Top Republican proposes leaving 1,000 US troops in Afghanistan into next year

Sen. James Inhofe (R-Okla.)
Greg Nash

The top Republican on the Senate Armed Services Committee is proposing that the Biden administration leave 1,000 U.S. troops in Afghanistan to prevent a security vacuum after this year’s planned withdrawal.

President Biden “could leave a small force of about 1,000 troops in Afghanistan until at least the spring of 2022,” Sen. James Inhofe (R-Okla.) wrote in a Wall Street Journal op-ed published Sunday.

“Maintaining a small, tailored troop presence for an additional six months would accomplish critical objectives,” Inhofe writes, referring to Biden’s Sept. 11 deadline for a full U.S. withdrawal from Afghanistan.

Inhofe said the extended timeline would allow Washington to “maintain a quick counterterrorism force as the political and security environment evolves; enable more-effective intelligence, surveillance and reconnaissance; help protect the U.S. Embassy during what the intelligence community predicts will be a chaotic transition; and allow more time to process visas for Afghans who assisted U.S. troops and now fear for their lives.”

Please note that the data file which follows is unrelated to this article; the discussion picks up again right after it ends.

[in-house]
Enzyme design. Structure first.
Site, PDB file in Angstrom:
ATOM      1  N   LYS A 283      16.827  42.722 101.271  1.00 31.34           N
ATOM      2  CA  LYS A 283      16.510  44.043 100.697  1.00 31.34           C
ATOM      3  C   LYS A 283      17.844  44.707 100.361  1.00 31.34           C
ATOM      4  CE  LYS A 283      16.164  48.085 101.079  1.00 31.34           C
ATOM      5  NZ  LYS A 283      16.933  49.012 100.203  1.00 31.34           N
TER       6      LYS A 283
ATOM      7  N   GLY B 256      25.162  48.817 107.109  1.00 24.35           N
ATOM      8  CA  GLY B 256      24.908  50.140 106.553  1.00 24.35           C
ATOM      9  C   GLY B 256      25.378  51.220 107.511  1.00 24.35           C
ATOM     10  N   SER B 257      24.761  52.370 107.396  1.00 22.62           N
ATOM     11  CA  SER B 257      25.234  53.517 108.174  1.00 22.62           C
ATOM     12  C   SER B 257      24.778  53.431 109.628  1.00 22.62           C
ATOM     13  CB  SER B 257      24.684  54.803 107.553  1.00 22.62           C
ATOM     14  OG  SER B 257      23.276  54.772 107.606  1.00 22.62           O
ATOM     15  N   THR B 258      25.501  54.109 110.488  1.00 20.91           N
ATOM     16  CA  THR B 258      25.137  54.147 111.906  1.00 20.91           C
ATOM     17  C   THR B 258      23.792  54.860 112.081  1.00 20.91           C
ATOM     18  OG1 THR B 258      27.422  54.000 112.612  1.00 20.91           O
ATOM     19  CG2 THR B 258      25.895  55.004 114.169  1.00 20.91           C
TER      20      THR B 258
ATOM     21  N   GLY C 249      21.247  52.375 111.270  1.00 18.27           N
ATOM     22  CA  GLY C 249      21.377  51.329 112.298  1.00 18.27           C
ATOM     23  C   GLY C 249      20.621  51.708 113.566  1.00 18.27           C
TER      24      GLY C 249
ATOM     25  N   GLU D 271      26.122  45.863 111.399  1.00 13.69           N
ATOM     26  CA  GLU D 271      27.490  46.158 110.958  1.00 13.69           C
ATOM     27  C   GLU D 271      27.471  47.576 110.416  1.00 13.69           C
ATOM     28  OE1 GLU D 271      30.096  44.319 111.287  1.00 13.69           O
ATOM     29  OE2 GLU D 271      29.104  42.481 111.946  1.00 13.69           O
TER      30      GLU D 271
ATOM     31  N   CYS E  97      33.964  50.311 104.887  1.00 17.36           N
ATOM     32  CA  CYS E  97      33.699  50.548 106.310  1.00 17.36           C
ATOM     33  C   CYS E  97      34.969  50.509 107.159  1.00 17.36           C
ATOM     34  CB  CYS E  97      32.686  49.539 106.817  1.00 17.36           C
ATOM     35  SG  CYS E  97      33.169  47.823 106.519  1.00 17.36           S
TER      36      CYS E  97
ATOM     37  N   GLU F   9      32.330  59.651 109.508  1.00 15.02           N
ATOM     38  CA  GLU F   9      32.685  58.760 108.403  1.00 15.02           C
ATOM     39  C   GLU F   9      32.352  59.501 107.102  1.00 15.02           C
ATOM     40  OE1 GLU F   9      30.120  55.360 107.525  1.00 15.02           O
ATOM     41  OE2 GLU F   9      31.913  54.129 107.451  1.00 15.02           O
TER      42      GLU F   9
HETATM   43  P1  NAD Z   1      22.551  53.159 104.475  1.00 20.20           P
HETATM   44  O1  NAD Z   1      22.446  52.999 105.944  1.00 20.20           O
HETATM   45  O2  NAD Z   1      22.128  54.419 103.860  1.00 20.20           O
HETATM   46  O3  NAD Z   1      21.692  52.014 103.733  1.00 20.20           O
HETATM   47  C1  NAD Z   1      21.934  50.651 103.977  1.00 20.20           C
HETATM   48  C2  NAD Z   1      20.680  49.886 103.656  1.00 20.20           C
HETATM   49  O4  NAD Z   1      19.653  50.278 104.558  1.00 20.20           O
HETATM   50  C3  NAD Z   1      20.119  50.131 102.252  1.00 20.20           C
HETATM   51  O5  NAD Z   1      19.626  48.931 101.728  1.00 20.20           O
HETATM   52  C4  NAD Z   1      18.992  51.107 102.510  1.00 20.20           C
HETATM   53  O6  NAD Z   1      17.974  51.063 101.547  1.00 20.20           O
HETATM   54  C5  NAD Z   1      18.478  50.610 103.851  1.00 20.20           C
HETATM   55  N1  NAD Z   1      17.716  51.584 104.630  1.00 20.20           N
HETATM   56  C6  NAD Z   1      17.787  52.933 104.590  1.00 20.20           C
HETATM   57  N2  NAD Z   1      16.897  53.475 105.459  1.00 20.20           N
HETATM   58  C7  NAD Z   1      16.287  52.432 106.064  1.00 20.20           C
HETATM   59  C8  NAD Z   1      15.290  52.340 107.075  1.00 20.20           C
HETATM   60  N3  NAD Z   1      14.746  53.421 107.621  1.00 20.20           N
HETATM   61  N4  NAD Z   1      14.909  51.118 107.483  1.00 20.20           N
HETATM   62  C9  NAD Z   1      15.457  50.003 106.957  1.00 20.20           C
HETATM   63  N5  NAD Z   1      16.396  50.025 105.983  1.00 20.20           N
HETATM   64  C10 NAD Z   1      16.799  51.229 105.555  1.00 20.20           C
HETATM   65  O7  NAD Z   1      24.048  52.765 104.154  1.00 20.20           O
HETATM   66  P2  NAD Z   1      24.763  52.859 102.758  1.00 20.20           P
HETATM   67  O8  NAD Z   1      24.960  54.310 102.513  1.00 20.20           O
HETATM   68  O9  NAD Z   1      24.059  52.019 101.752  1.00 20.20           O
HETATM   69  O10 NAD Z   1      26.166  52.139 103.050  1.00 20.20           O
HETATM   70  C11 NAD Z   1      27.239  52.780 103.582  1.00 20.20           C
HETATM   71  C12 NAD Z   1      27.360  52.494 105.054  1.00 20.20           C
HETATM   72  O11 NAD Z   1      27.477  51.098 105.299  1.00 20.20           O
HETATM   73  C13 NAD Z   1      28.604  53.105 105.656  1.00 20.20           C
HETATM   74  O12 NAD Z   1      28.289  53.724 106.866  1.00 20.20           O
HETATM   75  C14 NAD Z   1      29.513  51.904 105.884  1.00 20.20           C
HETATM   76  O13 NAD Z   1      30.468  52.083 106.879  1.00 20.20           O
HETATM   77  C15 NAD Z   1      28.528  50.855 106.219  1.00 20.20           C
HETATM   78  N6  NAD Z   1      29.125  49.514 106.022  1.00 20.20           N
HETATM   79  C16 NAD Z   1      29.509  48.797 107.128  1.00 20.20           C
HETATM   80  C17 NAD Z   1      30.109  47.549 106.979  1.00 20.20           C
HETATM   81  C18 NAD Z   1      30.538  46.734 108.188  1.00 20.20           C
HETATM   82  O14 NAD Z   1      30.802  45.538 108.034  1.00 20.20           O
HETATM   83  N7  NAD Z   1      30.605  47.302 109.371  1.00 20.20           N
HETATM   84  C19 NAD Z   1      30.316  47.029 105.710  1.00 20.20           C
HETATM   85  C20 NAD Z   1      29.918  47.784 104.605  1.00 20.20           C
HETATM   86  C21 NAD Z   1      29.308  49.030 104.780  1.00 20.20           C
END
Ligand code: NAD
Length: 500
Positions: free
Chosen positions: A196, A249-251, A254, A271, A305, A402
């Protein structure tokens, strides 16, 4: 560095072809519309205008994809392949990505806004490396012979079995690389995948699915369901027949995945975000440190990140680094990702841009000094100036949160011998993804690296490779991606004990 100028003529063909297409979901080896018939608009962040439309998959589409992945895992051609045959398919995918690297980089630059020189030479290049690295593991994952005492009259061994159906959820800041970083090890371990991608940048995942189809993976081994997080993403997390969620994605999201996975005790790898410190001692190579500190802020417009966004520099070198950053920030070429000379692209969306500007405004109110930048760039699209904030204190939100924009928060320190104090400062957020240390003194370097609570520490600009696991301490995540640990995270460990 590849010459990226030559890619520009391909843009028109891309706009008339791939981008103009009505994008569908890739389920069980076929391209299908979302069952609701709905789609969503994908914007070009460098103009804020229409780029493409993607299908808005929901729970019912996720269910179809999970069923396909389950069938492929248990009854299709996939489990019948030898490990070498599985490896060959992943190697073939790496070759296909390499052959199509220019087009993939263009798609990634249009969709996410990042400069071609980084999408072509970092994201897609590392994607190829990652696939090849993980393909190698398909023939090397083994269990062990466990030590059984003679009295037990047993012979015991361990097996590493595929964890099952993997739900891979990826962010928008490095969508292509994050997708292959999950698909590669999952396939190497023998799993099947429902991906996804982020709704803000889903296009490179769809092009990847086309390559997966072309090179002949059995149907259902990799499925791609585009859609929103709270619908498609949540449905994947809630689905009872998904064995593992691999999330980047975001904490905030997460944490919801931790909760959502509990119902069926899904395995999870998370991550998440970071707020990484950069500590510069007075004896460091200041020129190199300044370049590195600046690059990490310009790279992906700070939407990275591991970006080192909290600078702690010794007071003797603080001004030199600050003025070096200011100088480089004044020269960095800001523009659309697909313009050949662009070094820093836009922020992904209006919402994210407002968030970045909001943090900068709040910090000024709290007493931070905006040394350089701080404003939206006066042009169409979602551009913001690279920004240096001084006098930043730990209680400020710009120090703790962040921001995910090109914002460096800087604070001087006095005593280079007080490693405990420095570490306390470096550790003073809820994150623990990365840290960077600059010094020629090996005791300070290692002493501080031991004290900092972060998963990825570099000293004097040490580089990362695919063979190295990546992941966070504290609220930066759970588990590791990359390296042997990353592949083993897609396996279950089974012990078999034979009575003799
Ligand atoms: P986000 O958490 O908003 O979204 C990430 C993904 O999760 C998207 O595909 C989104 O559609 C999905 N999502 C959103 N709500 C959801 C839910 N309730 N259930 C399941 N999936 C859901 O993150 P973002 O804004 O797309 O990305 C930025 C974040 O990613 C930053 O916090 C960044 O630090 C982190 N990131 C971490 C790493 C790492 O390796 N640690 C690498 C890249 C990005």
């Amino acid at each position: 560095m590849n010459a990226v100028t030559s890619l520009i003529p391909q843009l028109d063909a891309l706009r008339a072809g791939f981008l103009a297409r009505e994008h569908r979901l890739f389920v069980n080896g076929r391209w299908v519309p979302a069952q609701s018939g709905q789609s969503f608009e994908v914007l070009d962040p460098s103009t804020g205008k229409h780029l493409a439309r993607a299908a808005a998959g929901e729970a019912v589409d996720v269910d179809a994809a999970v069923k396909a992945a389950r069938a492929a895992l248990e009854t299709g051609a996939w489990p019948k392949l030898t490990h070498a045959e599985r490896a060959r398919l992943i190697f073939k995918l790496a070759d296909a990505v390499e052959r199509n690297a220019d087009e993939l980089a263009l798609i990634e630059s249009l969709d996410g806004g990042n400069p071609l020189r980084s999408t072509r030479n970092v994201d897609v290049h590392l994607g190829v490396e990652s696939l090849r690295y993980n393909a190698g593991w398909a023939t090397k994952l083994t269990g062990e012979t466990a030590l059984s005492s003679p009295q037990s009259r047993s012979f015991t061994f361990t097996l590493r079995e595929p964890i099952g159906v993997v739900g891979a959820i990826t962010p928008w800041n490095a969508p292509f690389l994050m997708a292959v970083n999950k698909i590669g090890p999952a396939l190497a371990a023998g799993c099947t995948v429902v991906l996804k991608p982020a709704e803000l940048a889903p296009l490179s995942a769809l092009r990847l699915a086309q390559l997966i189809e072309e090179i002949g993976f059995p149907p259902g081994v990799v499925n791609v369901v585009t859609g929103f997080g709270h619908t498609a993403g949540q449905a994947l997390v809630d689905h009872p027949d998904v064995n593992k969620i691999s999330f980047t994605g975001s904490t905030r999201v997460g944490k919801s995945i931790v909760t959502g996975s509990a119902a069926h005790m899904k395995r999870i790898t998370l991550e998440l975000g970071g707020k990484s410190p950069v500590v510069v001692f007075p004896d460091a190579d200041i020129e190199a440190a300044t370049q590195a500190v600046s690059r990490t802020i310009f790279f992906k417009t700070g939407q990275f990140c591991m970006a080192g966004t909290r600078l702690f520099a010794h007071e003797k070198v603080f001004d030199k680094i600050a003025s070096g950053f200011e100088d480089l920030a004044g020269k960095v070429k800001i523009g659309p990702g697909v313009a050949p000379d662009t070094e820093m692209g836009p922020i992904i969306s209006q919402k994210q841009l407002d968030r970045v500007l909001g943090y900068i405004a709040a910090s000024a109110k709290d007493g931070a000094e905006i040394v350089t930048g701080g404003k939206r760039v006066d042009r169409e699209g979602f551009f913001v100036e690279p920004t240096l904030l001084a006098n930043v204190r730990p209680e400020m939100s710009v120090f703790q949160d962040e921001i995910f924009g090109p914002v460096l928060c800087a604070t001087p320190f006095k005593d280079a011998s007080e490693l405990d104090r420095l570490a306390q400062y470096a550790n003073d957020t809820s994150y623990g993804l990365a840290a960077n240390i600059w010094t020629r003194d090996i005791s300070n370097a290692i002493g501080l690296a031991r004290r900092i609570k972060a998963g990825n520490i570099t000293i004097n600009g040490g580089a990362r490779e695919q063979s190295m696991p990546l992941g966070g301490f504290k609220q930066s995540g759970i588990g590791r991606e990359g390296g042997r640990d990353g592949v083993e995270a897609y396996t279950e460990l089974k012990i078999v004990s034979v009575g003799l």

American troops are already in the process of leaving Afghanistan following Biden’s April order to be out by mid-September.

U.S. officials have insisted the Afghan military will be able to keep terrorism threats in check through what’s known as over-the-horizon operations, or those launched from beyond Afghanistan’s borders.

Inhofe argued that Biden is ignoring conditions on the ground in making the decision to pull out and should maintain “a relatively small troop presence until the conditions outlined in the 2020 U.S.-Taliban Agreement are fully implemented.”

That agreement, signed in February 2020 by the Trump administration and the Taliban, stipulates that the militant group will not allow the planning or implementation of any attacks on the U.S. or its allies on Afghan soil.

Inhofe pointed to the rise of ISIS after former President Obama withdrew forces from Iraq in 2011, fearing a similar outcome in Afghanistan.

By staying until next spring, Washington “would be able to conduct a realistic assessment of how the security situation is evolving,” which “will help us understand whether the Taliban intends to meet its commitments,” he wrote.

Tags Afghan Taliban Afghanistan Jim Inhofe Joe Biden terrorist attacks troop withdrawal US troops

Copyright 2023 Nexstar Media Inc. All rights reserved. This material may not be published, broadcast, rewritten, or redistributed.

See all Hill.TV See all Video

Most Popular

Load more


See all Video